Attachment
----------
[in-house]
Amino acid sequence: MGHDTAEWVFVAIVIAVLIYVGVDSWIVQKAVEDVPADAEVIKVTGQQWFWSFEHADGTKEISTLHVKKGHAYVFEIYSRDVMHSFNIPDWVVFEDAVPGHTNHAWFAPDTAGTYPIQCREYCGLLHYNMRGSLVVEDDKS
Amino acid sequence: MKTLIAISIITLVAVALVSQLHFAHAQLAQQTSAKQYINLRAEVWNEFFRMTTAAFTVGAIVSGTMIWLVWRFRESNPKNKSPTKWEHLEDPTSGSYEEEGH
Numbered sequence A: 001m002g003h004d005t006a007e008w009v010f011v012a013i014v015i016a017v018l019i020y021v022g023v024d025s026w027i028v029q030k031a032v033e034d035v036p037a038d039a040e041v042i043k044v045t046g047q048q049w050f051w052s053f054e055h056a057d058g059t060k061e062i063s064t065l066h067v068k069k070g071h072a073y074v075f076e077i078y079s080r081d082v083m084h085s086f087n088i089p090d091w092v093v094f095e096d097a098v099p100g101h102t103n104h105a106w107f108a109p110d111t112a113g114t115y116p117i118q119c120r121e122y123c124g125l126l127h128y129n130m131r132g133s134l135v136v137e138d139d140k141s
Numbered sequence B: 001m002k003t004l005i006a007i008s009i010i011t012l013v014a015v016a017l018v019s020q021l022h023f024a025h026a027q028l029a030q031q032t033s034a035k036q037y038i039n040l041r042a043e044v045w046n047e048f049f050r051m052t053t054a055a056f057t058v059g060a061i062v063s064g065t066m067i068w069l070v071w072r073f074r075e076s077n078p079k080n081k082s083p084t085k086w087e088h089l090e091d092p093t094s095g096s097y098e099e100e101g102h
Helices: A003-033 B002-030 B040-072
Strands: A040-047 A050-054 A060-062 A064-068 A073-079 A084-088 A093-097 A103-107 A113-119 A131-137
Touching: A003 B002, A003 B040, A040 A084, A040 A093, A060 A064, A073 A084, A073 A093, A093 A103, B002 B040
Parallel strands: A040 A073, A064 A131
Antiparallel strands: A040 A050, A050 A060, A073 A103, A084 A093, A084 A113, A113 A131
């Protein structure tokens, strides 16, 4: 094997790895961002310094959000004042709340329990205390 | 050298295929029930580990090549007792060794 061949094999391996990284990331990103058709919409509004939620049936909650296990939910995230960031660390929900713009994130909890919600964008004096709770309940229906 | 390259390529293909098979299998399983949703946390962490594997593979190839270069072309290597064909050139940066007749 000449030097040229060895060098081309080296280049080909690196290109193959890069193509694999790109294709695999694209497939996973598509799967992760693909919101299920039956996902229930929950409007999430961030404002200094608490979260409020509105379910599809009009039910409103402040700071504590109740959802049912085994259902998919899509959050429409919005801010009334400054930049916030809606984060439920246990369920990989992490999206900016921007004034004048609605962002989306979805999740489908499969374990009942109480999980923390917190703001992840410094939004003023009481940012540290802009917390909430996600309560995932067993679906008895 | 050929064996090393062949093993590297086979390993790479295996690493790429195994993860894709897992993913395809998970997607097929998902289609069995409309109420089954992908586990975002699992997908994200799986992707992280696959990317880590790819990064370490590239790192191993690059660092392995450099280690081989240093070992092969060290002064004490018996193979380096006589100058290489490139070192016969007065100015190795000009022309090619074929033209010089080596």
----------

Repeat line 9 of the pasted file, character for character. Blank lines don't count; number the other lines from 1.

Parallel strands: A040 A073, A064 A131